(Comprehensive Guide to Short Stories, Critical Edition)

Psychoanalysis is incapable of curing the civilized discontent of Professor Sidney Kugelmass. He feels frustrated in his second marriage—to a woman whom he regards as an overweight oaf—and pressured by the alimony and child support that he must pay his first wife. He longs to transcend the banality of his existence and fantasizes doing so in an adulterous affair with a glamorous woman.

His opportunity comes with an unexpected phone call from a tinker in Brooklyn who dubs himself “The Great Persky.” Persky has constructed a cabinet that can somehow transport its occupant into the world of a literary work. All Persky need do is toss in a book, tap three times, and whoever is inside will find himself within that book’s fictional universe.

Kugelmass decides that he wants to pursue a romance with Emma Bovary. He pays Persky twenty dollars, and soon after getting inside the cabinet with a paperback of Gustave Flaubert’s novel Madame Bovary (1857; English translation, 1886), finds himself in the Bovary house in provincial Yonville. Kugelmass and Emma spend a romantic afternoon alone together in the French countryside, which ends when he must return to meet his wife Daphne at Bloomingdale’s. Kugelmass goes back to nineteenth century Yonville many times during the next several months. He and Emma become passionate lovers.

Fascinated by Kugelmass’s tales of the world from which he comes, Emma is eager to visit it....

(The entire section is 420 words.)

Extended Summary

‘‘The Kugelmass Episode’’ opens with Kugelmass, a middle-aged, unhappily married humanities professor seeking the advice of his analyst, Dr. Mandel. He is bored with his life, and he needs to have an affair. His analyst disagrees, however, telling him ‘‘there is no overnight cure’’ for his troubles, adding that he is ‘‘an analyst, not a magician.’’ Kugelmass then seeks out a magician to help him solve his problem.

A few weeks later, he gets a call from The Great Persky, a two-bit magician/entertainer who shows him a ‘‘cheap-looking Chinese cabinet, badly lacquered’’ that can transport the professor into any book, short story, play, or poem to meet the woman character of his choice. When he has had enough, Kugelmass just has to give a yell and he is back in New York. At first Kugelmass thinks it is a scam, then that Persky is crazy, but for $20, he gives it a try. He wants a French lover, so he chooses Emma Bovary. Persky tosses a paperback copy of Flaubert’s novel into the cabinet with Kugelmass, taps it three times, and Kugelmass finds himself at the Bovary estate in Yonville in the French countryside.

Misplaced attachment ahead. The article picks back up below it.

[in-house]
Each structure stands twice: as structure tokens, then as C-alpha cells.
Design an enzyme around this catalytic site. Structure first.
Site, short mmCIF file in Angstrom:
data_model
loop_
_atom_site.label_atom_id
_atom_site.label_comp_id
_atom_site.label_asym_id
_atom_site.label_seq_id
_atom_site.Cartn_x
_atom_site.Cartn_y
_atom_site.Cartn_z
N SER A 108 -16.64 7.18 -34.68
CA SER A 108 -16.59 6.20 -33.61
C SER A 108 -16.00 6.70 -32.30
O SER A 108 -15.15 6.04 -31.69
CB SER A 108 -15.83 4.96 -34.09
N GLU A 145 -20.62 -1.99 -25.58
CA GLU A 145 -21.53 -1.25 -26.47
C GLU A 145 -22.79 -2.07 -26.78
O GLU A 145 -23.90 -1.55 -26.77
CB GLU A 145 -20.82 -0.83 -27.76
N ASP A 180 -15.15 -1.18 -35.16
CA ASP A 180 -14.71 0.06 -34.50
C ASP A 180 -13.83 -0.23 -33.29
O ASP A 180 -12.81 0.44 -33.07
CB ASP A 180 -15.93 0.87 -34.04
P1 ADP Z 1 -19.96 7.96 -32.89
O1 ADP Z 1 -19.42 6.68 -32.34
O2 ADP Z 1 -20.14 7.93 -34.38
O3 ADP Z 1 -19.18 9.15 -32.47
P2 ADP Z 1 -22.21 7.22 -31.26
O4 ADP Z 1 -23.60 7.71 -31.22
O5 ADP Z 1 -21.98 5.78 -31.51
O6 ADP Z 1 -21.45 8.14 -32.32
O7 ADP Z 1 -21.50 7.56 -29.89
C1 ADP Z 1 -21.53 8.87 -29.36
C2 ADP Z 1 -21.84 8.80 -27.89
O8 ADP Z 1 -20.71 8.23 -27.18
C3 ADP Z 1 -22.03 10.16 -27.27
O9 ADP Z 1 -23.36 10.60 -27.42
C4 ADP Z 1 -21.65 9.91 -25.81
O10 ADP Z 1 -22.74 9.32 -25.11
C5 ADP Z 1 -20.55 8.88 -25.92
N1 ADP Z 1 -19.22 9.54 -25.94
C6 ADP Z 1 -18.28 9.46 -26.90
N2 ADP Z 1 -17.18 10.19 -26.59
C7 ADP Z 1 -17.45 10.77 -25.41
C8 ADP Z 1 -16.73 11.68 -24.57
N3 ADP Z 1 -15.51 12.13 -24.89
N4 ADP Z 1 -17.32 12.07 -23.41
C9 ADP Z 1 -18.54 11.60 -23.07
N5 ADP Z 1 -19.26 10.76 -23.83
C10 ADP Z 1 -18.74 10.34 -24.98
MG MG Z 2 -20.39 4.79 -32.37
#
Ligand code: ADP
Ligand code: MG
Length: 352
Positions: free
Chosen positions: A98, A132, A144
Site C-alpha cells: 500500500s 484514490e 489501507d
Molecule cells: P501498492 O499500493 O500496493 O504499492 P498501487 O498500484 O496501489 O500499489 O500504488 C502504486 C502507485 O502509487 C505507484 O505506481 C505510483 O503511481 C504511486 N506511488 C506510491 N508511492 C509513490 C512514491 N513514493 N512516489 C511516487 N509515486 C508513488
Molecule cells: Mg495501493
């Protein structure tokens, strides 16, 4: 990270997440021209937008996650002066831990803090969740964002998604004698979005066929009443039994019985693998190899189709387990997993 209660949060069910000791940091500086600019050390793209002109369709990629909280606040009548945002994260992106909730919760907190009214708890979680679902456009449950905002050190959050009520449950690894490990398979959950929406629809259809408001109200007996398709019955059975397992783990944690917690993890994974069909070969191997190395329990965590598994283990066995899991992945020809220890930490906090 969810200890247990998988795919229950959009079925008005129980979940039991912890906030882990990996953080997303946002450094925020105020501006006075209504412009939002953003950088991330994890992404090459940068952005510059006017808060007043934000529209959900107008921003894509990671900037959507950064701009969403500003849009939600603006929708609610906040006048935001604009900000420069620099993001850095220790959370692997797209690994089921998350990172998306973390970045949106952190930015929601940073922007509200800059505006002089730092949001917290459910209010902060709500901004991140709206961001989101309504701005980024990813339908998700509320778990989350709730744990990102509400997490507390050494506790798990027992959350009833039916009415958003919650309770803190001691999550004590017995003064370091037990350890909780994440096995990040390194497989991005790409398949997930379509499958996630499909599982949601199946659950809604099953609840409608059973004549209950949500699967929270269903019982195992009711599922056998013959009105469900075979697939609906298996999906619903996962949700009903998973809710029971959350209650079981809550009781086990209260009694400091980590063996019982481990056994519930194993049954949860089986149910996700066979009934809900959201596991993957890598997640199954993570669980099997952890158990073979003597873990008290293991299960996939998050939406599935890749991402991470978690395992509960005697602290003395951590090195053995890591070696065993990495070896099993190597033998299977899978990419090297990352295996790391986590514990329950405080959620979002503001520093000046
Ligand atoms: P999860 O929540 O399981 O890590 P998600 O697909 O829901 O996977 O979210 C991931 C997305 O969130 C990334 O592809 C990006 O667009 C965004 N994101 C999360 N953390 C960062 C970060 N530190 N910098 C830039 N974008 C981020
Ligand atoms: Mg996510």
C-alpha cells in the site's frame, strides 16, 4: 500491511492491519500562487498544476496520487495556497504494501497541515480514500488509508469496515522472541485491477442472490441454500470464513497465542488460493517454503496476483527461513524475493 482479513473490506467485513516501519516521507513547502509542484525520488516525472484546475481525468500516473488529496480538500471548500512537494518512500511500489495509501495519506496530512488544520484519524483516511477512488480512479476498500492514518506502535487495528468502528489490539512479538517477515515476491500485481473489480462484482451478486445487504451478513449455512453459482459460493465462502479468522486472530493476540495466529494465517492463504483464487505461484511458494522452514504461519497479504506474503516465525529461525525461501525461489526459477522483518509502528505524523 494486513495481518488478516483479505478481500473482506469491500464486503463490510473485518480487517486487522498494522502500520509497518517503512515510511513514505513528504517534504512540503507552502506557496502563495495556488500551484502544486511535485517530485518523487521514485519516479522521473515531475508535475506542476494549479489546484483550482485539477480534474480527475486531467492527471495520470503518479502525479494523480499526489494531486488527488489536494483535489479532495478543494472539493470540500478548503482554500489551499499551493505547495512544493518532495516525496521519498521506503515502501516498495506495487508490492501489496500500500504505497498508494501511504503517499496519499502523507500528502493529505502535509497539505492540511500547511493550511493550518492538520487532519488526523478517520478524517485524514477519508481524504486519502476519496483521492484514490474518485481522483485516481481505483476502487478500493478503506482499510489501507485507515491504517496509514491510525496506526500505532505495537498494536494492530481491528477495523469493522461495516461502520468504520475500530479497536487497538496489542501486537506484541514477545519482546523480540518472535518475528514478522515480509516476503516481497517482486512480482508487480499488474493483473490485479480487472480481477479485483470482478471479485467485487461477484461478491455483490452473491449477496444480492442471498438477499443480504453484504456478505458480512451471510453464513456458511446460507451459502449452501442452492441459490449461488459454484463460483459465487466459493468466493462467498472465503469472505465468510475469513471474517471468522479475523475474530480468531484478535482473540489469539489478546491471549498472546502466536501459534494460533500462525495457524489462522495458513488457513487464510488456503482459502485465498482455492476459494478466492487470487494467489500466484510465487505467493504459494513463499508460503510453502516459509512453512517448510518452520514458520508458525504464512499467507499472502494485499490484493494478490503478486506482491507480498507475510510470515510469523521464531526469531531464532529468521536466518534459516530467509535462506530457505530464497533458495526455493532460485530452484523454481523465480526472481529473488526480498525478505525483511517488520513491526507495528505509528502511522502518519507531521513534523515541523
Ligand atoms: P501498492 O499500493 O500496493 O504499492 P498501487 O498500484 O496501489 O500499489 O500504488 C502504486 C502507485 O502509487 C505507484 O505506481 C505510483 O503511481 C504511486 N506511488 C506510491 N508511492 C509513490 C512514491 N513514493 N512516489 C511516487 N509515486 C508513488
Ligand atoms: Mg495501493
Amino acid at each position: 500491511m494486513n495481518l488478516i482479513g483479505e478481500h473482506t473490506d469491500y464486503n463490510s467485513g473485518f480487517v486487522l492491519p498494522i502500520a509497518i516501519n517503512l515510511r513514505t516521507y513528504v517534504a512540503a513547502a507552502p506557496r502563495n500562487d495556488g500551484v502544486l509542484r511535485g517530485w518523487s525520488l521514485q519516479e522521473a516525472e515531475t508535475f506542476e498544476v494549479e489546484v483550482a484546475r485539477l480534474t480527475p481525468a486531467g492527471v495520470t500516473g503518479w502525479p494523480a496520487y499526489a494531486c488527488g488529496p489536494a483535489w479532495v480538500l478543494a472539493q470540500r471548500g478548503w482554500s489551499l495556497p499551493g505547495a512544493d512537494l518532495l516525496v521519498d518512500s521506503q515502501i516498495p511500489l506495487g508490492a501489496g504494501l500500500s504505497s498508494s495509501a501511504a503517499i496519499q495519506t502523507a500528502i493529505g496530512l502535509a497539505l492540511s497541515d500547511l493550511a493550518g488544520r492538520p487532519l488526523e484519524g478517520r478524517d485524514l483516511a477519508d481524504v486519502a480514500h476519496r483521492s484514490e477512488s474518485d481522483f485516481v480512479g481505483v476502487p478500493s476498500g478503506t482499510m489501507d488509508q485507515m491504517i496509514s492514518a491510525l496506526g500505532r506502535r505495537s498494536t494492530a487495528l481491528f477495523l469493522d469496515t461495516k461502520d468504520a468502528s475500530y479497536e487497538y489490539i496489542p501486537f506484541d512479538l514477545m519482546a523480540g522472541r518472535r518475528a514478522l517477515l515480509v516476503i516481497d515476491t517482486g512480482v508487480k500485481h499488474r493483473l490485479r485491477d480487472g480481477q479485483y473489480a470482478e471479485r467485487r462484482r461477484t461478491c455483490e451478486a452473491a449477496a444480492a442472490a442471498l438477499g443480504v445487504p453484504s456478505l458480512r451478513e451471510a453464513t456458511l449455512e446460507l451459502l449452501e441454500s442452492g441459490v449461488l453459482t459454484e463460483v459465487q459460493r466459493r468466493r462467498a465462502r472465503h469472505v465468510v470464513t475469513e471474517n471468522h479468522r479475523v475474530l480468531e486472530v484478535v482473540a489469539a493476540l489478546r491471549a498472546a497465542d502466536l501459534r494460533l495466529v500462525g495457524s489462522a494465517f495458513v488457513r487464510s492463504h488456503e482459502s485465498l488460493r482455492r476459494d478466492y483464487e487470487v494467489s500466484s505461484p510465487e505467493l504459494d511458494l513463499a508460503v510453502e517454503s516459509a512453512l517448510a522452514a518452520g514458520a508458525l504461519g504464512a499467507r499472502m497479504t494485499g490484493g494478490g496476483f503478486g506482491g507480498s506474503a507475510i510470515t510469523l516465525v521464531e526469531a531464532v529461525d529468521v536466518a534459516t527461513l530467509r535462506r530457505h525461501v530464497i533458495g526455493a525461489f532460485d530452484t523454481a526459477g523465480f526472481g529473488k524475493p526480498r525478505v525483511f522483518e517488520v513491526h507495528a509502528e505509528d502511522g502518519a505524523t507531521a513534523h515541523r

Emma Bovary welcomes Kugelmass, flirting with him as she admires his modern dress. ‘‘It’s called a leisure suit,’’’ he replies romantically, then adds, ‘‘It was marked down.’’’ They drink wine, take a stroll through the countryside, and whisper to each other as they recline under a tree. As they kiss and embrace, Kugelmass remembers that he has a date to meet his wife, Daphne. He tells Emma he will return as soon as possible, calls for Persky, and is transported back to New York. His heart is light, and he thinks he is in love. What he doesn’t know is that students across the country are asking their teachers about the strange appearance of a ‘‘bald Jew’’ kissing Madame Bovary on page 100.

The next day, Kugelmass returns to Persky, who transports him to...

(The entire section is 741 words.)